N.J. WWOOFing: a hands-on education to sustainable living

N.J. WWOOFing: a hands-on education to sustainable living

Published: Monday, July 09, 2012, 8:15 AM

woof1.JPGAnnie Bennett of Princeton picks spinach at Orchard Farm Organics in Montgomery Township.

First come the dirty fingernails, and the sweat, calluses and aching muscles aren’t far behind. But when you’re milking a cow at 4:30 in the morning and have to get to the goat next, maybe you’re not thinking about how much your back hurts.

Or the fact that you chose to do this work. For free. On your summer vacation.

If you are Faith Kiener, 18, and Leah Pham, 20, you are in your glory. Beyond the hard work that can leave you too tired to even shower at the end of the day, you’re into — really into — sustainable organic farming.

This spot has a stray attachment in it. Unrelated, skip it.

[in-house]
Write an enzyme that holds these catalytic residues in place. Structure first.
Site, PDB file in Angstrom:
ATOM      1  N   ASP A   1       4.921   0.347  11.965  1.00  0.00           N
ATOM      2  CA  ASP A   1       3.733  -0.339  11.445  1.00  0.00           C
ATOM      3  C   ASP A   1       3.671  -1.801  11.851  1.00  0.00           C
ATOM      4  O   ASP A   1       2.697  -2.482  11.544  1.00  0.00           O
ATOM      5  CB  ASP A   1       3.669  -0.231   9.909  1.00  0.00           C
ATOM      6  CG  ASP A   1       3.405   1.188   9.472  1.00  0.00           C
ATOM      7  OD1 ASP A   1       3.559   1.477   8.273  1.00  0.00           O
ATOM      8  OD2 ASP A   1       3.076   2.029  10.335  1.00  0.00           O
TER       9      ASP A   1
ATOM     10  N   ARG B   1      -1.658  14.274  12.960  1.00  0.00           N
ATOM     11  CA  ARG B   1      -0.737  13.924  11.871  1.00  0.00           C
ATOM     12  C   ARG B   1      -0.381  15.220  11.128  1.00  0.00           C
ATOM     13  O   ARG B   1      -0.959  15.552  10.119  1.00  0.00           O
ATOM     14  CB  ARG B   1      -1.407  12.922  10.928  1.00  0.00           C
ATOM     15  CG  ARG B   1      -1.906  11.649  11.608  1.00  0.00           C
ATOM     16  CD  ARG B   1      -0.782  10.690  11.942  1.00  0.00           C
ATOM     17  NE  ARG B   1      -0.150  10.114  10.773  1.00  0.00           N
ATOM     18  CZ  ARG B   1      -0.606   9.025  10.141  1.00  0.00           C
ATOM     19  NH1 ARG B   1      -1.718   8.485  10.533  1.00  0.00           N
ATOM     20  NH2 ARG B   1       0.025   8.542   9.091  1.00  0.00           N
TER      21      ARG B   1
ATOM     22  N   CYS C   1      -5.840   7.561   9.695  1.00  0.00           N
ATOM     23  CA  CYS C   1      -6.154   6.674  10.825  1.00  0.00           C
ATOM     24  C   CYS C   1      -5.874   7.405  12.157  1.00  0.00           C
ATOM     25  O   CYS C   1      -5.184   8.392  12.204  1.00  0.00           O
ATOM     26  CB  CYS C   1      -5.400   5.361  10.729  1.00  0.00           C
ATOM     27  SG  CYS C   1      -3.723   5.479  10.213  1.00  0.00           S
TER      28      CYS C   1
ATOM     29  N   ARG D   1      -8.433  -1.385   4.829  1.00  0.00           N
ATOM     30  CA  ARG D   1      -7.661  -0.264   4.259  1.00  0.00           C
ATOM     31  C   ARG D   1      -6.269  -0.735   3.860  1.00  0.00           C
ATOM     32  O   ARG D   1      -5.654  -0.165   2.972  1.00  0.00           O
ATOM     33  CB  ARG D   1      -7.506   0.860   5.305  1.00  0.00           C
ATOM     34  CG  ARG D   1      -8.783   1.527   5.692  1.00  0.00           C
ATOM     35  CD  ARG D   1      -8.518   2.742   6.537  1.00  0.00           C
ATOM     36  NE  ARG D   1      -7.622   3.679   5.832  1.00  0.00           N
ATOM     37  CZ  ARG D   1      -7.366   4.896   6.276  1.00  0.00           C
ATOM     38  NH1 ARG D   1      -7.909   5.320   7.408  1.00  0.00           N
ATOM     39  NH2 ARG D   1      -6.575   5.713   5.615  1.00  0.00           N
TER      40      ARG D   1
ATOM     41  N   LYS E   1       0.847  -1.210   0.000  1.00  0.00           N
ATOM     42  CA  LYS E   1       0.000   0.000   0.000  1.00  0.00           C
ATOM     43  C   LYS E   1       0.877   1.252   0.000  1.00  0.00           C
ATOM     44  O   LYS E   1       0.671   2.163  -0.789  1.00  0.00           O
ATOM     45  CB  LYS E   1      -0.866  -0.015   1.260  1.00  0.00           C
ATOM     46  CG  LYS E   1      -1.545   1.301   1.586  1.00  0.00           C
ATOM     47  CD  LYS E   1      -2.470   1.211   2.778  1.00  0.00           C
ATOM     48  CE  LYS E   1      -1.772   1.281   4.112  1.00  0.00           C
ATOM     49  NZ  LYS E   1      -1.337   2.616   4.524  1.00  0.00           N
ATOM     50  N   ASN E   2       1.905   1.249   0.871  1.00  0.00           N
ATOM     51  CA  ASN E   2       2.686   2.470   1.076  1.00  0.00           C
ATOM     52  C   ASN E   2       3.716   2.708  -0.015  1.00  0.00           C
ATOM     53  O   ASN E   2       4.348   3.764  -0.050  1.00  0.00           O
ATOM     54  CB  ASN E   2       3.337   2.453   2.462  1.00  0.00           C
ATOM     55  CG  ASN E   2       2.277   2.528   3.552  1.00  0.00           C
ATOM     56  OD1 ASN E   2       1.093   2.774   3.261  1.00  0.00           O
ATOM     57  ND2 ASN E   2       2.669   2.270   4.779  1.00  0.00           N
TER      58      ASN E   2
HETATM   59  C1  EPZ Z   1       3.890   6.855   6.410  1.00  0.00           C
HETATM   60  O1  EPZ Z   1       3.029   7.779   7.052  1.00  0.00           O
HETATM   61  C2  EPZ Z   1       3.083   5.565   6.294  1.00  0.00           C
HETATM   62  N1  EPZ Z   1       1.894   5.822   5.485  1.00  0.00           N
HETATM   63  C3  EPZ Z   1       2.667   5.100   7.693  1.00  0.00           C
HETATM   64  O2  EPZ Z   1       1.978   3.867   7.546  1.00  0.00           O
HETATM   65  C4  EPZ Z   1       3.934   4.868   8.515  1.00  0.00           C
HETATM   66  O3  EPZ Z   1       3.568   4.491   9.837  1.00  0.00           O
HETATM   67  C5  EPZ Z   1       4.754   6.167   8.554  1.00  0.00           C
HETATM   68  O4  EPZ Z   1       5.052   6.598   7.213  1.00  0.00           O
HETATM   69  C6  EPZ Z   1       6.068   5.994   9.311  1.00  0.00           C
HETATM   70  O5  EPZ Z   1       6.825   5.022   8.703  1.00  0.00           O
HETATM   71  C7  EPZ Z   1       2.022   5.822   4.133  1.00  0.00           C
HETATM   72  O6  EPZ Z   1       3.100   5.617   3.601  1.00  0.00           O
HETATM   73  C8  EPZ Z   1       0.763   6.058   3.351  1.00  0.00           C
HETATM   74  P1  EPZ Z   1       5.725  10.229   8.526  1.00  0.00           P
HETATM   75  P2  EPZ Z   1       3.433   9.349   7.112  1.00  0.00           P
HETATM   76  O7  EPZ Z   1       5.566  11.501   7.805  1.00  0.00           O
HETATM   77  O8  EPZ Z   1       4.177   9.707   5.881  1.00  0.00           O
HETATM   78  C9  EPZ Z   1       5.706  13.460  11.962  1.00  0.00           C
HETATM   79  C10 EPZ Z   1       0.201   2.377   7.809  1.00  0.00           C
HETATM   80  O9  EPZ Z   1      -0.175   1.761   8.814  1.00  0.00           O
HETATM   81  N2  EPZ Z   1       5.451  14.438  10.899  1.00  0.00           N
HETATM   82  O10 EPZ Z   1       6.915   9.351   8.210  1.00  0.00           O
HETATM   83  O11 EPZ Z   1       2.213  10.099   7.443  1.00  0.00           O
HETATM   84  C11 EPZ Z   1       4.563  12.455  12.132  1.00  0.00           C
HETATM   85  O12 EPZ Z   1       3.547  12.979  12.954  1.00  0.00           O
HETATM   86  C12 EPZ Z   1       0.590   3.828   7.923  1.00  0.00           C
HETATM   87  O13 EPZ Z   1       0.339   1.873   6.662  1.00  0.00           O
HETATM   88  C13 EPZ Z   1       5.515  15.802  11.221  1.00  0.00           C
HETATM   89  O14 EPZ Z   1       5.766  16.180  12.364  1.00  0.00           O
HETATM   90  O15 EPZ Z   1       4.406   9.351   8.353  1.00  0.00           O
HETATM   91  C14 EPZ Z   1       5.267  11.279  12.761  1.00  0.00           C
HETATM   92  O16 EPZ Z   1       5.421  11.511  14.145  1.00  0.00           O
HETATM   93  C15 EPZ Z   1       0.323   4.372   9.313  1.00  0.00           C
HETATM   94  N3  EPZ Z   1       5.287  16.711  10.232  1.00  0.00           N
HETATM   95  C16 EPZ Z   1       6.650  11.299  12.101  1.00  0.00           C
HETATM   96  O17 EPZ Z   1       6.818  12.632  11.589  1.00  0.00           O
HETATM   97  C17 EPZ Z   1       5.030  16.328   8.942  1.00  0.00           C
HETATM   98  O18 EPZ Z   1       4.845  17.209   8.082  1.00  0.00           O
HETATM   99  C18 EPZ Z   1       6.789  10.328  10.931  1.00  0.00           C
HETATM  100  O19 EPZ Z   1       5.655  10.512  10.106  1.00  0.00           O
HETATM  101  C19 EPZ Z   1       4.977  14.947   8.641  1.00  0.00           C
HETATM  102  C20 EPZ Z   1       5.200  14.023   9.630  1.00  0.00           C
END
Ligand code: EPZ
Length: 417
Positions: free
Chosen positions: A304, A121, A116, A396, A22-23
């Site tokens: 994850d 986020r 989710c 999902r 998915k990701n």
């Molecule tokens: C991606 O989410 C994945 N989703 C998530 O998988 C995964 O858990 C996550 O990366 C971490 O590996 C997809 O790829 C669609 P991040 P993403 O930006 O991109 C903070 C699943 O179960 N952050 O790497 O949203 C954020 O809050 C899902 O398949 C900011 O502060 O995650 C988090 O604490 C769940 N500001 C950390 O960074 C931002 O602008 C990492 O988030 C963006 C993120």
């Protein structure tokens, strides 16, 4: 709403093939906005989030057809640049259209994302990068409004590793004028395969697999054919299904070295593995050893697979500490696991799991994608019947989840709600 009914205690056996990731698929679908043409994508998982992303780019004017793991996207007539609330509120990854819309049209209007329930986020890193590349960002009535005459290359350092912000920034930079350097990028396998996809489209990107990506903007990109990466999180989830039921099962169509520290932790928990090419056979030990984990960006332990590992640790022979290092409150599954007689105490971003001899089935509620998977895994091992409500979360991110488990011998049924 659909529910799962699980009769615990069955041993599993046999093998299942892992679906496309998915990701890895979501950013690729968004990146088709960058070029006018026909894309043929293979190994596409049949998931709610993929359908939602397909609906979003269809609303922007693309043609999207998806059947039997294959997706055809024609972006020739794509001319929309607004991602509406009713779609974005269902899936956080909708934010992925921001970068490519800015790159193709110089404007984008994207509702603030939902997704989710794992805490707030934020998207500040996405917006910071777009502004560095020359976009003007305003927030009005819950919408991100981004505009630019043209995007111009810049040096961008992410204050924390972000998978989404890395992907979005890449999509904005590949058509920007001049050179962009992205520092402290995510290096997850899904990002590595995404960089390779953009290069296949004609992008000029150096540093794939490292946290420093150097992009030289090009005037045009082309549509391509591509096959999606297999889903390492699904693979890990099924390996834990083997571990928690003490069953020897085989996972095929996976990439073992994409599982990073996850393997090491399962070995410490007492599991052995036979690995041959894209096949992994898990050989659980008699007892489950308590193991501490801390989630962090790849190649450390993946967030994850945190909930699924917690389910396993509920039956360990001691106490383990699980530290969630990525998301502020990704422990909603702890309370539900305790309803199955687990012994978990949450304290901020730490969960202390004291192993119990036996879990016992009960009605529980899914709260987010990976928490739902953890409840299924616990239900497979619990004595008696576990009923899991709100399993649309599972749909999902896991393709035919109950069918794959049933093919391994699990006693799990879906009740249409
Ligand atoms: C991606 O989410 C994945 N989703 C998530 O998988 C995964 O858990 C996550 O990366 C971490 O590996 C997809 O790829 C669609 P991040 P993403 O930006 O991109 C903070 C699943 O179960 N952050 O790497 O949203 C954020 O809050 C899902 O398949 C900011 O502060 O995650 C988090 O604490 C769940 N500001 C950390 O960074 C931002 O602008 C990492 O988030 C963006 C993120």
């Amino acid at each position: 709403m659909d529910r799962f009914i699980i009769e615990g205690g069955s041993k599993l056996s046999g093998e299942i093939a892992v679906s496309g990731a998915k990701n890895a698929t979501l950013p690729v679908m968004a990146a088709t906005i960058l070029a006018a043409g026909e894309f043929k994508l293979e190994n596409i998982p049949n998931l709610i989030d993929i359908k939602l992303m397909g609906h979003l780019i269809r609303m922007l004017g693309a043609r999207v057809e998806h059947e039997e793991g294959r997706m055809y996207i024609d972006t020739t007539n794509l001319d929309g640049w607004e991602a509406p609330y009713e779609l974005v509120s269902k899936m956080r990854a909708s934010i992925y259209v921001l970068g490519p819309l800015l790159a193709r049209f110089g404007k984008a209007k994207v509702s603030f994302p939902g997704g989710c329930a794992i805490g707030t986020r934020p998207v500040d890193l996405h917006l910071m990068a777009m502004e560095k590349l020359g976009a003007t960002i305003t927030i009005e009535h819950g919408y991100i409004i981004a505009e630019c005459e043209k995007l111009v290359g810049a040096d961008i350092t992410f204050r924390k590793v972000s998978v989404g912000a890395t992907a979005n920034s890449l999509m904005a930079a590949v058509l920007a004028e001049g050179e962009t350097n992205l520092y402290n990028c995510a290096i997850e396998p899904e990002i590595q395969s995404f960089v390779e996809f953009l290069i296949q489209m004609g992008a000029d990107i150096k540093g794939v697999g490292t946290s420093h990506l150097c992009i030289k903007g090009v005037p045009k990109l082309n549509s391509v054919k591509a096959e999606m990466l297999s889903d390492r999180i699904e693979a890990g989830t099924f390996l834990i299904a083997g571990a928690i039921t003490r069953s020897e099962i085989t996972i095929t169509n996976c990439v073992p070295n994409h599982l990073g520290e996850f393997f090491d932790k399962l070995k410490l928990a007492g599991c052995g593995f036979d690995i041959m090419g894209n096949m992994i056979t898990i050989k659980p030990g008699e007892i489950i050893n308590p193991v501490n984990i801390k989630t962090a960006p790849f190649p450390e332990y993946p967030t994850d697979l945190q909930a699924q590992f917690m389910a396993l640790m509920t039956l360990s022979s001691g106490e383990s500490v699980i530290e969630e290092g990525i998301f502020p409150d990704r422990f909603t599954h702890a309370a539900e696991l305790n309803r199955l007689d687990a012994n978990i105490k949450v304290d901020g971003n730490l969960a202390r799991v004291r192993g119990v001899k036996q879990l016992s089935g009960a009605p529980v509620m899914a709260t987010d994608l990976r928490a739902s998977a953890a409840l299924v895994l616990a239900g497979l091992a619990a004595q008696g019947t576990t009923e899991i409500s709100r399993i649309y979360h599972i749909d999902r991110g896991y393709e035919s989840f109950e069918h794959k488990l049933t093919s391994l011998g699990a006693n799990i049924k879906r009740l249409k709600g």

Kiener and Pham are "wwoofers," so called because they, like 18,000 others in the U.S. and thousands more in 50-plus countries, are members of WWOOF, or Worldwide Opportunities on Organic Farms. The nonprofit group connects volunteers with organic farmers in a cultural, educational — and labor-intensive — exchange.

In down-to-earth terms, farmers get a much-needed assist and wwoofers get room and board while they learn about environmentally sound farming. The word spreads online at the WWOOF website, and then people like Kiener and Pham find themselves far from their Ohio homes, up before dawn on a New Jersey farm.

"When you wake up, you know there’s stuff that has to be done," Kiener said of what, besides her alarm clock, gets her out of bed while she works at Orchard Farm Organics in Princeton.

Wwoofers do whatever farmhand help is needed; they weed, plant and harvest crops, milk cows and goats and even build fences. They arrange their stays with their host farmers and can be there for hours, days or months at a time.

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